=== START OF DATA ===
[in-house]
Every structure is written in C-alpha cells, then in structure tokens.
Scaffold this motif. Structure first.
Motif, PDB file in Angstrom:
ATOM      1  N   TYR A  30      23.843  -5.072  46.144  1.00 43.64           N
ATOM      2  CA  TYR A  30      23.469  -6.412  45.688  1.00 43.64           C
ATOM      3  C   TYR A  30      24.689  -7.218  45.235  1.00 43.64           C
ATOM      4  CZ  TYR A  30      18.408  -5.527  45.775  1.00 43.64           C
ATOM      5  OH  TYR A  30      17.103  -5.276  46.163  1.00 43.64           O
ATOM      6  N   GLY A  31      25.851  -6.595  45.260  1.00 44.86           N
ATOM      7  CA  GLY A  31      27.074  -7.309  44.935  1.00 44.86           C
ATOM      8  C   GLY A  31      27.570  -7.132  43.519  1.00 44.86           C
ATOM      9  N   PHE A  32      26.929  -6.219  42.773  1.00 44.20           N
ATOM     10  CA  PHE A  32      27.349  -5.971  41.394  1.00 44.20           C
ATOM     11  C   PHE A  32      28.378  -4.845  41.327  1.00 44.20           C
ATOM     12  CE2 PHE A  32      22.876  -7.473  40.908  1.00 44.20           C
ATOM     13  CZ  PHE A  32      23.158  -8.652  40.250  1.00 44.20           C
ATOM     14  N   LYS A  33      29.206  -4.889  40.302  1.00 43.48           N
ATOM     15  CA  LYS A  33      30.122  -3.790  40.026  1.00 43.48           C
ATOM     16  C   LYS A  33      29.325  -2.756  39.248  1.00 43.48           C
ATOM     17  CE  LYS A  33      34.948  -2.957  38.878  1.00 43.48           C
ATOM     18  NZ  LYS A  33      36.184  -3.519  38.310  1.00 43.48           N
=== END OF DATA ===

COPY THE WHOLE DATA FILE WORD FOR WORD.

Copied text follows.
[in-house]
Every structure is written in C-alpha cells, then in structure tokens.
Scaffold this motif. Structure first.
Motif, PDB file in Angstrom:
ATOM      1  N   TYR A  30      23.843  -5.072  46.144  1.00 43.64           N
ATOM      2  CA  TYR A  30      23.469  -6.412  45.688  1.00 43.64           C
ATOM      3  C   TYR A  30      24.689  -7.218  45.235  1.00 43.64           C
ATOM      4  CZ  TYR A  30      18.408  -5.527  45.775  1.00 43.64           C
ATOM      5  OH  TYR A  30      17.103  -5.276  46.163  1.00 43.64           O
ATOM      6  N   GLY A  31      25.851  -6.595  45.260  1.00 44.86           N
ATOM      7  CA  GLY A  31      27.074  -7.309  44.935  1.00 44.86           C
ATOM      8  C   GLY A  31      27.570  -7.132  43.519  1.00 44.86           C
ATOM      9  N   PHE A  32      26.929  -6.219  42.773  1.00 44.20           N
ATOM     10  CA  PHE A  32      27.349  -5.971  41.394  1.00 44.20           C
ATOM     11  C   PHE A  32      28.378  -4.845  41.327  1.00 44.20           C
ATOM     12  CE2 PHE A  32      22.876  -7.473  40.908  1.00 44.20           C
ATOM     13  CZ  PHE A  32      23.158  -8.652  40.250  1.00 44.20           C
ATOM     14  N   LYS A  33      29.206  -4.889  40.302  1.00 43.48           N
ATOM     15  CA  LYS A  33      30.122  -3.790  40.026  1.00 43.48           C
ATOM     16  C   LYS A  33      29.325  -2.756  39.248  1.00 43.48           C
ATOM     17  CE  LYS A  33      34.948  -2.957  38.878  1.00 43.48           C
ATOM     18  NZ  LYS A  33      36.184  -3.519  38.310  1.00 43.48           N